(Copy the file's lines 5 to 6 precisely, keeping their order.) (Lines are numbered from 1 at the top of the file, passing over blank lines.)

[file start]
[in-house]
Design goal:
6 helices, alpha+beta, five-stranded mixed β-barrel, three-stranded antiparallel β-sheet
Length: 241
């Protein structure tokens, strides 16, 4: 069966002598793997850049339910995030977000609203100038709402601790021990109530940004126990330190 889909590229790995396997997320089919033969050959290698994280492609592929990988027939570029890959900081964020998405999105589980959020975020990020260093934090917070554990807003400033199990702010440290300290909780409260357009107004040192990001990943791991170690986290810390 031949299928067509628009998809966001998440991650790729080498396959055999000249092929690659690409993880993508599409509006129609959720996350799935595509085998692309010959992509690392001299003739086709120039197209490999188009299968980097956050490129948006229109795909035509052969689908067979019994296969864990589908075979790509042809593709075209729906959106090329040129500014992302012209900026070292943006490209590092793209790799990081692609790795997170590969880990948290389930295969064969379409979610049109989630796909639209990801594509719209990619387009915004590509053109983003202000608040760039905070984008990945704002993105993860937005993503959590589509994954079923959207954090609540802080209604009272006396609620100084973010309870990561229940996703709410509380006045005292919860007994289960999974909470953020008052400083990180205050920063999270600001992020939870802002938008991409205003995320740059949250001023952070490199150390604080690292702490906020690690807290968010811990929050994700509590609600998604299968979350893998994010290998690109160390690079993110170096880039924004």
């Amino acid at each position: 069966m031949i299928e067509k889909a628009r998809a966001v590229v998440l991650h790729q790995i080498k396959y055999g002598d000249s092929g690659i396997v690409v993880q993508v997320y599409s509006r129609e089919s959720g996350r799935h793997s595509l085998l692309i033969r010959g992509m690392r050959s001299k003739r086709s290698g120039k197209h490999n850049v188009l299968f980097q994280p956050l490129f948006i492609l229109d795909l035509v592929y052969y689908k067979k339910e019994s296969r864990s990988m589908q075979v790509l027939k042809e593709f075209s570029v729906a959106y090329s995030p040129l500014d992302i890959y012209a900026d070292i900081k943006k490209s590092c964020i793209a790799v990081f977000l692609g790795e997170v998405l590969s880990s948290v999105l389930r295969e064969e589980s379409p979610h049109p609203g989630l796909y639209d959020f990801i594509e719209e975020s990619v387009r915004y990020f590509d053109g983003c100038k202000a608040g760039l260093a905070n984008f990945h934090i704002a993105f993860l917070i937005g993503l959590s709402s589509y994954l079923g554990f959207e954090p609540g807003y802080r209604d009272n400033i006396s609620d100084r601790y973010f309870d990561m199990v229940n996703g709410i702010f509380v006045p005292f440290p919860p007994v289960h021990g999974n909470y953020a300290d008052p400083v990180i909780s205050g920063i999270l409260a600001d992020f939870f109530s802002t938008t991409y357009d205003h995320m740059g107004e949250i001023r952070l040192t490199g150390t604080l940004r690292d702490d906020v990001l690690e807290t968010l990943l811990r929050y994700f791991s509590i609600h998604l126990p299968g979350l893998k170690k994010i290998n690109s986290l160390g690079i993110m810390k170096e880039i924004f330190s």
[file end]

């Protein structure tokens, strides 16, 4: 069966002598793997850049339910995030977000609203100038709402601790021990109530940004126990330190 889909590229790995396997997320089919033969050959290698994280492609592929990988027939570029890959900081964020998405999105589980959020975020990020260093934090917070554990807003400033199990702010440290300290909780409260357009107004040192990001990943791991170690986290810390 031949299928067509628009998809966001998440991650790729080498396959055999000249092929690659690409993880993508599409509006129609959720996350799935595509085998692309010959992509690392001299003739086709120039197209490999188009299968980097956050490129948006229109795909035509052969689908067979019994296969864990589908075979790509042809593709075209729906959106090329040129500014992302012209900026070292943006490209590092793209790799990081692609790795997170590969880990948290389930295969064969379409979610049109989630796909639209990801594509719209990619387009915004590509053109983003202000608040760039905070984008990945704002993105993860937005993503959590589509994954079923959207954090609540802080209604009272006396609620100084973010309870990561229940996703709410509380006045005292919860007994289960999974909470953020008052400083990180205050920063999270600001992020939870802002938008991409205003995320740059949250001023952070490199150390604080690292702490906020690690807290968010811990929050994700509590609600998604299968979350893998994010290998690109160390690079993110170096880039924004």
């Amino acid at each position: 069966m031949i299928e067509k889909a628009r998809a966001v590229v998440l991650h790729q790995i080498k396959y055999g002598d000249s092929g690659i396997v690409v993880q993508v997320y599409s509006r129609e089919s959720g996350r799935h793997s595509l085998l692309i033969r010959g992509m690392r050959s001299k003739r086709s290698g120039k197209h490999n850049v188009l299968f980097q994280p956050l490129f948006i492609l229109d795909l035509v592929y052969y689908k067979k339910e019994s296969r864990s990988m589908q075979v790509l027939k042809e593709f075209s570029v729906a959106y090329s995030p040129l500014d992302i890959y012209a900026d070292i900081k943006k490209s590092c964020i793209a790799v990081f977000l692609g790795e997170v998405l590969s880990s948290v999105l389930r295969e064969e589980s379409p979610h049109p609203g989630l796909y639209d959020f990801i594509e719209e975020s990619v387009r915004y990020f590509d053109g983003c100038k202000a608040g760039l260093a905070n984008f990945h934090i704002a993105f993860l917070i937005g993503l959590s709402s589509y994954l079923g554990f959207e954090p609540g807003y802080r209604d009272n400033i006396s609620d100084r601790y973010f309870d990561m199990v229940n996703g709410i702010f509380v006045p005292f440290p919860p007994v289960h021990g999974n909470y953020a300290d008052p400083v990180i909780s205050g920063i999270l409260a600001d992020f939870f109530s802002t938008t991409y357009d205003h995320m740059g107004e949250i001023r952070l040192t490199g150390t604080l940004r690292d702490d906020v990001l690690e807290t968010l990943l811990r929050y994700f791991s509590i609600h998604l126990p299968g979350l893998k170690k994010i290998n690109s986290l160390g690079i993110m810390k170096e880039i924004f330190s």